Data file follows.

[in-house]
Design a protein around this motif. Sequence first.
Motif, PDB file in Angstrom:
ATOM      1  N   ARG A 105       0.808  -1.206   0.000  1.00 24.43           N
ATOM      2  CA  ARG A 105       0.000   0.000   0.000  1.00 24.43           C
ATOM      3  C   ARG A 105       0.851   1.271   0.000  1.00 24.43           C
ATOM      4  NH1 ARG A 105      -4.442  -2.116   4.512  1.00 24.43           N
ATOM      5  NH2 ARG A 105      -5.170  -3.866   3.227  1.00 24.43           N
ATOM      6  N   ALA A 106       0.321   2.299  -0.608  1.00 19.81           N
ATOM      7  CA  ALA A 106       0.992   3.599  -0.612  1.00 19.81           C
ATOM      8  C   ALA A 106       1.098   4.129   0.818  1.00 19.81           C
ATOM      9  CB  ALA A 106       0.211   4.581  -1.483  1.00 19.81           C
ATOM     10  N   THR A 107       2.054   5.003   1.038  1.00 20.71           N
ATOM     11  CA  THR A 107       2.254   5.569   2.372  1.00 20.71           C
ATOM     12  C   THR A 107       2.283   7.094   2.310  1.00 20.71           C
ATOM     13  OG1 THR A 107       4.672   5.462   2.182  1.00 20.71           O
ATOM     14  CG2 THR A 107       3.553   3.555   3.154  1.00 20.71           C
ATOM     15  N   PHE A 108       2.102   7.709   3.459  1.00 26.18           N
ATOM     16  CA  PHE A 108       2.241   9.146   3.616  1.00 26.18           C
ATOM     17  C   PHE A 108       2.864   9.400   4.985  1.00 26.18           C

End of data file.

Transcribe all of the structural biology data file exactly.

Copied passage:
[in-house]
Design a protein around this motif. Sequence first.
Motif, PDB file in Angstrom:
ATOM      1  N   ARG A 105       0.808  -1.206   0.000  1.00 24.43           N
ATOM      2  CA  ARG A 105       0.000   0.000   0.000  1.00 24.43           C
ATOM      3  C   ARG A 105       0.851   1.271   0.000  1.00 24.43           C
ATOM      4  NH1 ARG A 105      -4.442  -2.116   4.512  1.00 24.43           N
ATOM      5  NH2 ARG A 105      -5.170  -3.866   3.227  1.00 24.43           N
ATOM      6  N   ALA A 106       0.321   2.299  -0.608  1.00 19.81           N
ATOM      7  CA  ALA A 106       0.992   3.599  -0.612  1.00 19.81           C
ATOM      8  C   ALA A 106       1.098   4.129   0.818  1.00 19.81           C
ATOM      9  CB  ALA A 106       0.211   4.581  -1.483  1.00 19.81           C
ATOM     10  N   THR A 107       2.054   5.003   1.038  1.00 20.71           N
ATOM     11  CA  THR A 107       2.254   5.569   2.372  1.00 20.71           C
ATOM     12  C   THR A 107       2.283   7.094   2.310  1.00 20.71           C
ATOM     13  OG1 THR A 107       4.672   5.462   2.182  1.00 20.71           O
ATOM     14  CG2 THR A 107       3.553   3.555   3.154  1.00 20.71           C
ATOM     15  N   PHE A 108       2.102   7.709   3.459  1.00 26.18           N
ATOM     16  CA  PHE A 108       2.241   9.146   3.616  1.00 26.18           C
ATOM     17  C   PHE A 108       2.864   9.400   4.985  1.00 26.18           C